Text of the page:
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Review: Liber Brevior

November 22, 2011

For most chant scholas singing for Mass according to the 1962 liturgical books,  the Liber Usualis is indeed the “usual book”, being as it is an anthology of practically all the chant you will ever be likely to use in a parish setting.  There are at least two reprints currently available: the most recent one, 1962 (recommended) and a slightly older one from 1953 (which has English titles/rubrics).  

However, there is now also available from Preserving Christian Publications a much less expensive alternative, a reprint of the 1954 Liber Brevior (“the shorter book”) which while being about 1/3  the size is probably a good bit more than 1/3 as useful (the FSSP sells them here).  The reduction in size means, of course, that it has less content; however it still contains the greater part of the propers of the full Liber, and this is where the focus of any schola generally should be. 

Here is a picture of a Liber Brevior (henceforth L.B.) next to my trusty Liber Usualis 1962 (L.U.) for size reference: 

And here is a picture which shows what the inside is like.  The L.U. has slightly yellowish pages, the L.B. more of a pure white.  

The rest of this review will just concern content, I’m afraid; you can download a pdf of the original 1954 Liber Brevior to see things for yourself here.  I believe the new reprint is the same as the pdf, but with the addition of four or five feasts which were added between 1954 and 1962.

* * * * *

The Liber Brevior is not just a shorter book, it is also a little less intense.  Certain things such as the writing out of all the verses of the the Nunc Dimittis in compline, or the putting of  the requiem Mass and associated chants in the front of the book in their own section show that the L.B. is aimed at being as practical a manual as it can be; overall, it is probably more accessible and user-friendly for the average choir member than the L.U.  Compared to the reprint of the 1962 L.U. which is entirely in Latin, the English titles/rubrics make it easier for the beginner to find their way around and know what is going on.  Also, since selections from the divine office are limited to Sunday vespers/compline and vespers for the Common of the B.V.M., they do not get in the way when one is looking for the music to sing for Mass.  Like a Graduale, the readings and collects of the Mass are not included in the L.B.; however, someone who carrys a Latin-English missal will not miss these.  For the use of choirs which are not capable of the full Gradual chants, a section in the back gives a second version of these: all the Graduals/Tracts are set to office psalm tones of the appropriate mode and the Alleluias are given with the verses set to the more elaborate introit-style tones.  Keeping the simplified versions in the same mode as the full propers elevates these slightly above the Rossini option, in my opinion.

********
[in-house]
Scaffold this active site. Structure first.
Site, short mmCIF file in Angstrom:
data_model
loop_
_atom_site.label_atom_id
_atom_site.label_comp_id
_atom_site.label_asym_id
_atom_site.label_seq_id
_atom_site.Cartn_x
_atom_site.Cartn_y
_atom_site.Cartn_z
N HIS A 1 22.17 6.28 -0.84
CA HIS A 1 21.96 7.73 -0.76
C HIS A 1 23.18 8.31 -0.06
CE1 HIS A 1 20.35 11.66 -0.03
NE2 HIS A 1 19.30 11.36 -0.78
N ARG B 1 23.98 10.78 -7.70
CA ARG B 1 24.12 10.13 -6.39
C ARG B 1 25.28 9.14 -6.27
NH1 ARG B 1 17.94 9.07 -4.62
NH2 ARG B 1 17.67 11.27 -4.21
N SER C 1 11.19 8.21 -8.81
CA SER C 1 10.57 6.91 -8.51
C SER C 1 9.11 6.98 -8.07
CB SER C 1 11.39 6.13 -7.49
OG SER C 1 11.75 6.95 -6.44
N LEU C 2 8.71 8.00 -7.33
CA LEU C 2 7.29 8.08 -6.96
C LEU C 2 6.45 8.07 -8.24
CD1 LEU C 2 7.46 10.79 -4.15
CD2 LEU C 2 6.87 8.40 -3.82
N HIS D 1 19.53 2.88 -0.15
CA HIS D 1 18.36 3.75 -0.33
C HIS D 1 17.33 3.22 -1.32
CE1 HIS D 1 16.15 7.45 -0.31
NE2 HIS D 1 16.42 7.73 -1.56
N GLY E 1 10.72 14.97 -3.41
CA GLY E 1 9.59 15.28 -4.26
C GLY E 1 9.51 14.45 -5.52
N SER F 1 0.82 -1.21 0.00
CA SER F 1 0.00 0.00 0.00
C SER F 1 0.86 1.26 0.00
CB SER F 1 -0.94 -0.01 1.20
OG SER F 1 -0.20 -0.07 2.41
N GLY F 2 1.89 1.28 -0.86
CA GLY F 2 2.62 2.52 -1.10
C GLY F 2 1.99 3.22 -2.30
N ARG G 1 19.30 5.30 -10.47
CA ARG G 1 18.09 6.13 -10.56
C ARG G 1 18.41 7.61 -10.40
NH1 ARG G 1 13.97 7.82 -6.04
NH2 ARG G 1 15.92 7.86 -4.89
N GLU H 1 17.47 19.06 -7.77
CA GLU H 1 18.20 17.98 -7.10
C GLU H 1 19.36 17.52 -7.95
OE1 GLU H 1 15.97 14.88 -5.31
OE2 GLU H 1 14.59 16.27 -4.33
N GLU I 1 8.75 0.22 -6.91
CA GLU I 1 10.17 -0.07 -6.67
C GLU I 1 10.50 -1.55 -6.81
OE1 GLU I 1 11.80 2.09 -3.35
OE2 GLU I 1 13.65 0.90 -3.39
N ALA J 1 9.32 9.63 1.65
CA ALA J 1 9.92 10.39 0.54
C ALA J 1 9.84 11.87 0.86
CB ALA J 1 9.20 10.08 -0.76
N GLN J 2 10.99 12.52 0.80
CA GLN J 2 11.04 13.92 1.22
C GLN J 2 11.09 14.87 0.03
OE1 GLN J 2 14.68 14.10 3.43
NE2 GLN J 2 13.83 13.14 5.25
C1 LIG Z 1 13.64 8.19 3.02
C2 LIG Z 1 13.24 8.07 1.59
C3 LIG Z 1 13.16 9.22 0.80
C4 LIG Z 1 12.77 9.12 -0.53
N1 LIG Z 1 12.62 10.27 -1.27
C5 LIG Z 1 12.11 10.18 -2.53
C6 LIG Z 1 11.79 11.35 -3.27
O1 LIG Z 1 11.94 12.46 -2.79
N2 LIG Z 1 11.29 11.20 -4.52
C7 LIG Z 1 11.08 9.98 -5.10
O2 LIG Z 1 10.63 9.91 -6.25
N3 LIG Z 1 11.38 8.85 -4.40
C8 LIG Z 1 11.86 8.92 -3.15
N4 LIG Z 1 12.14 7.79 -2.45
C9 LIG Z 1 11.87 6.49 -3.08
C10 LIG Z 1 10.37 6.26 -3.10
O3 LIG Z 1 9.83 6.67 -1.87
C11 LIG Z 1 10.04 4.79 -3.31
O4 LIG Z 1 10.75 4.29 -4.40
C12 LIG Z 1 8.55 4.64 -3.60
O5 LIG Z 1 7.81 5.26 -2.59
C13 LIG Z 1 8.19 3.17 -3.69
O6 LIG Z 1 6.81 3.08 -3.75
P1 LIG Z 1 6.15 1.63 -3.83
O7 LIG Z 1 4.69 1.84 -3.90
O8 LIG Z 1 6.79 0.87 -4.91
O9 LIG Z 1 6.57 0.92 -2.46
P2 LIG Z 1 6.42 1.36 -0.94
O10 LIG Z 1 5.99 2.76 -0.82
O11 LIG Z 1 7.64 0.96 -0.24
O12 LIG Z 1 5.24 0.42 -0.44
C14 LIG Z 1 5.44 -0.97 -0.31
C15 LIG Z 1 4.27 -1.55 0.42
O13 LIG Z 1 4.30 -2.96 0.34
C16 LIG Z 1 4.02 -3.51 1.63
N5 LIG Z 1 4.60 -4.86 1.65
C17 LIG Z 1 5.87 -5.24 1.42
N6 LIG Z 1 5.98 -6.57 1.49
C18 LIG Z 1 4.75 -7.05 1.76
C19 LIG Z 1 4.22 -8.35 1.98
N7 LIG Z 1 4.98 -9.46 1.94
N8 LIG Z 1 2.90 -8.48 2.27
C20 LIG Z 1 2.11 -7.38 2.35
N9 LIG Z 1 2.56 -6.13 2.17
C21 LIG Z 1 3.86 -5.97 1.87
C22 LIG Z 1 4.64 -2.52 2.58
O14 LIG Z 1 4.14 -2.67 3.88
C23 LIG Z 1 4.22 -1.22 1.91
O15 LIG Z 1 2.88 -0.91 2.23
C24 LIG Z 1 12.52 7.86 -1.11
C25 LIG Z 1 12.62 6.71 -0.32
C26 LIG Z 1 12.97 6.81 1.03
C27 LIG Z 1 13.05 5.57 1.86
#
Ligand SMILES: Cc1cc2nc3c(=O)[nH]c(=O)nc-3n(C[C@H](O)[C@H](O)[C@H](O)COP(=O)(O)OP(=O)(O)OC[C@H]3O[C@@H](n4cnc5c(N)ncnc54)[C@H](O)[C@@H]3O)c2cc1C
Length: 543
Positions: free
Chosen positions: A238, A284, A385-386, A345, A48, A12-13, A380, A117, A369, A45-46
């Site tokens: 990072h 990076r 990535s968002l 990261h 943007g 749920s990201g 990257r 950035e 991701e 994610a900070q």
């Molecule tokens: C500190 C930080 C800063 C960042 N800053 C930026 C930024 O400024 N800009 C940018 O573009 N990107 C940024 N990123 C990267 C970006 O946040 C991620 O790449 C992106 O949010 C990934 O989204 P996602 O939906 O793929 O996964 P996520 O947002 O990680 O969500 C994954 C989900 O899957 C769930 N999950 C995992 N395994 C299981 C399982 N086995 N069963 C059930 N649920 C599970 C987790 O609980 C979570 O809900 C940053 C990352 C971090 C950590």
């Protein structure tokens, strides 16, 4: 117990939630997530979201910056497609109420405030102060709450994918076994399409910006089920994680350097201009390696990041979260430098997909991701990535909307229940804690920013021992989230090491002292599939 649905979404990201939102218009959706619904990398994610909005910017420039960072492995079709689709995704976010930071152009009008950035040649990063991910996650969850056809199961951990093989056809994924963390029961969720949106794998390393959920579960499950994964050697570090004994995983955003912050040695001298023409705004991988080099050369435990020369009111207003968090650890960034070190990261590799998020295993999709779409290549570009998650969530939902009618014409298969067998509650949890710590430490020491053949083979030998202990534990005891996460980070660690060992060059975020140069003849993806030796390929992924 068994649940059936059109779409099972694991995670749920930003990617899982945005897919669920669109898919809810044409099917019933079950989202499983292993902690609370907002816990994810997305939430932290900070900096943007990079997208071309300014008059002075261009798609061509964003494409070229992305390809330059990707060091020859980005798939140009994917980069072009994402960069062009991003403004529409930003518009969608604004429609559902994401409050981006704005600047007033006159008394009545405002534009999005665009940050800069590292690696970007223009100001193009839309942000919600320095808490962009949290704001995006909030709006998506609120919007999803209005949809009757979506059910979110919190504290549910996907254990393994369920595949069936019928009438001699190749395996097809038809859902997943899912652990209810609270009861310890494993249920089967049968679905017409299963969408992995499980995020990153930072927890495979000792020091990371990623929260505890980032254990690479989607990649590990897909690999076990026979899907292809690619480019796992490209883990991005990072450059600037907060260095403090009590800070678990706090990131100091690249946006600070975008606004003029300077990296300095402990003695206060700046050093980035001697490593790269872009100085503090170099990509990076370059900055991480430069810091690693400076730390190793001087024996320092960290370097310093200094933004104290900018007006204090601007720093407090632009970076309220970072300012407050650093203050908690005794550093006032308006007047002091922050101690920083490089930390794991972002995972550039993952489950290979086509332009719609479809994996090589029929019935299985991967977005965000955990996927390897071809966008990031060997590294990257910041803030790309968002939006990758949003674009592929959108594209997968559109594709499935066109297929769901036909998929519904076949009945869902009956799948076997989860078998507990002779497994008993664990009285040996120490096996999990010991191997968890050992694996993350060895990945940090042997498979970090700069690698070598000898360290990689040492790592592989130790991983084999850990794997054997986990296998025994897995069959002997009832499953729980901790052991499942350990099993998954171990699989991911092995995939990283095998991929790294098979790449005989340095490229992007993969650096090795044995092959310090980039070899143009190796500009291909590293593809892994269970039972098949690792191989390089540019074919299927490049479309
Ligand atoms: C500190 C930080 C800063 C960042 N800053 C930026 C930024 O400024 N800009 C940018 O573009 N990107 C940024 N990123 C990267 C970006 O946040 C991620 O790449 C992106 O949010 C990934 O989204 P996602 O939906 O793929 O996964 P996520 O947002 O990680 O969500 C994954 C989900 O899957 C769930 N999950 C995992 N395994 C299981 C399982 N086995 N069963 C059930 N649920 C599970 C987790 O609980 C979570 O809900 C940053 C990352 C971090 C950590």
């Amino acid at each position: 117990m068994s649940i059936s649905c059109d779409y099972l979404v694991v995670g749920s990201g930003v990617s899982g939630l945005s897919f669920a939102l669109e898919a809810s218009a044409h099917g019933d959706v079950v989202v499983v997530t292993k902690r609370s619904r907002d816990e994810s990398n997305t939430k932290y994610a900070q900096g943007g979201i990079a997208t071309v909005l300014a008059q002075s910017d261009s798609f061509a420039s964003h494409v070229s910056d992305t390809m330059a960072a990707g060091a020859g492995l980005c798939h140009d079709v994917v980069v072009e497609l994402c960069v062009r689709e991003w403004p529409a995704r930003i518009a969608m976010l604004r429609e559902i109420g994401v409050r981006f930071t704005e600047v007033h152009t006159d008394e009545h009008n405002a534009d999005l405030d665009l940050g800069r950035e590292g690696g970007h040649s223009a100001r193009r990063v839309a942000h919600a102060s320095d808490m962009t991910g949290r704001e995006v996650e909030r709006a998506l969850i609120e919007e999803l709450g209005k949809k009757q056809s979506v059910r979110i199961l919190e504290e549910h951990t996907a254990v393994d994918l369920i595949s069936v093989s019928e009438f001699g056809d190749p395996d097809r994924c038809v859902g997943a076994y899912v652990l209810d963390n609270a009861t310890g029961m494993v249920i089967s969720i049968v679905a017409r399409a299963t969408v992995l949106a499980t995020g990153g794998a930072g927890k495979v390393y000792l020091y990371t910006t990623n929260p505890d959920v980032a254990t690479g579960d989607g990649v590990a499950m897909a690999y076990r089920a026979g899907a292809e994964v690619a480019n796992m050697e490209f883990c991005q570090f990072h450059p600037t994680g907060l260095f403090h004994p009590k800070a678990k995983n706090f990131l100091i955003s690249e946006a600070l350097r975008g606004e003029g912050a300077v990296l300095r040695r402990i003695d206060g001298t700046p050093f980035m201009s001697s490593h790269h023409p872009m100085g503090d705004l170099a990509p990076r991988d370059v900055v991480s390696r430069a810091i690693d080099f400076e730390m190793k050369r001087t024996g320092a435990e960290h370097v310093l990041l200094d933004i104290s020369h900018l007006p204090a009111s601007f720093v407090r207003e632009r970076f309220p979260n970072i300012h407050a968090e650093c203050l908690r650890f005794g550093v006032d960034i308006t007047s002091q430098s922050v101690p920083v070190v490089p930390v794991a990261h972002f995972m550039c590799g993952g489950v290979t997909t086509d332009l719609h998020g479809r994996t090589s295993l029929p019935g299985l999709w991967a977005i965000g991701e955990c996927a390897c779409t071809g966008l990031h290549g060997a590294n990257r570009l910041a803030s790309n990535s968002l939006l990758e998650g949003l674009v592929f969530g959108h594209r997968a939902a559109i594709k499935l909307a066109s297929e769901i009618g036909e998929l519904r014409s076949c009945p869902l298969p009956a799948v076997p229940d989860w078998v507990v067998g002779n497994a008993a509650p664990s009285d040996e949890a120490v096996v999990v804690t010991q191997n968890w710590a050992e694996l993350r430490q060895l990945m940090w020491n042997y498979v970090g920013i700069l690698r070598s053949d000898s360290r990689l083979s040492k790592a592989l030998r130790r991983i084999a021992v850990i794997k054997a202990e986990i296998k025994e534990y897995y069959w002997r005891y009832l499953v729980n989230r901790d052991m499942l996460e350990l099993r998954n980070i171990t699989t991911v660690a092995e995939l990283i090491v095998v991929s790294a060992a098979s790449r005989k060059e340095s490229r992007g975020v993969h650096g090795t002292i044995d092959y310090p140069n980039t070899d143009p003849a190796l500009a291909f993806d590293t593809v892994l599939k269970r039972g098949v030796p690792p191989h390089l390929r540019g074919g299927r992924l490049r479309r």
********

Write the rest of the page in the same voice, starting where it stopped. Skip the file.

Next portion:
Now for the drawbacks:

1. The proper of the saints is incomplete, and includes only more major feasts.  For example the L.B.’s first feast for October is that of Our Lady of the Rosary on the 7th.  In contrast, the L.U. show that there are feasts on every day of this week, albeit lesser ranking ones.

2. The L.B. does not seem to have any paradigms for the tones for the collects, readings, psalm tones, etc.  (On the flip side, this does have the advantage of making the section for “Common tones of the Mass” a good bit more practical for use at Mass.)   I like having these paradigms on hand; they are especially handy when pointing psalms for booklets, etc.

3. Nota Bene: because it is from 1954 and changes were last made to the Missal in 1962, the L.B. is not a good resource for planning, as it needs to be checked against either the Missale or the Liber 1962.  For example, after the Easter vigil, the L.B. has vespers, not lauds.  (Side note: I have never seen such a mini-vespers!  It has only one psalm and the magnificat, and the psalm is 116, which has only two verses!)

And that’s about all I can think of to say.  There are also a good number of the usual supplemental items: chants for benediction, to pray for the pope, in honor of the B.V.M. and so on; there also extra psalms for vespers as well as the seasonal vespers-hymns for Advent, Christmas, Lent, Passiontide and Easter.  Oh, and have you ever seen the supressed Marian tone for the Te Lucis?

From → Gregorian Chant

One Comment
  1. Kenechukwu permalink

    Thanks for this review. I was contemplating of LB and LU, which to buy for a small choir. Now I know what to do.

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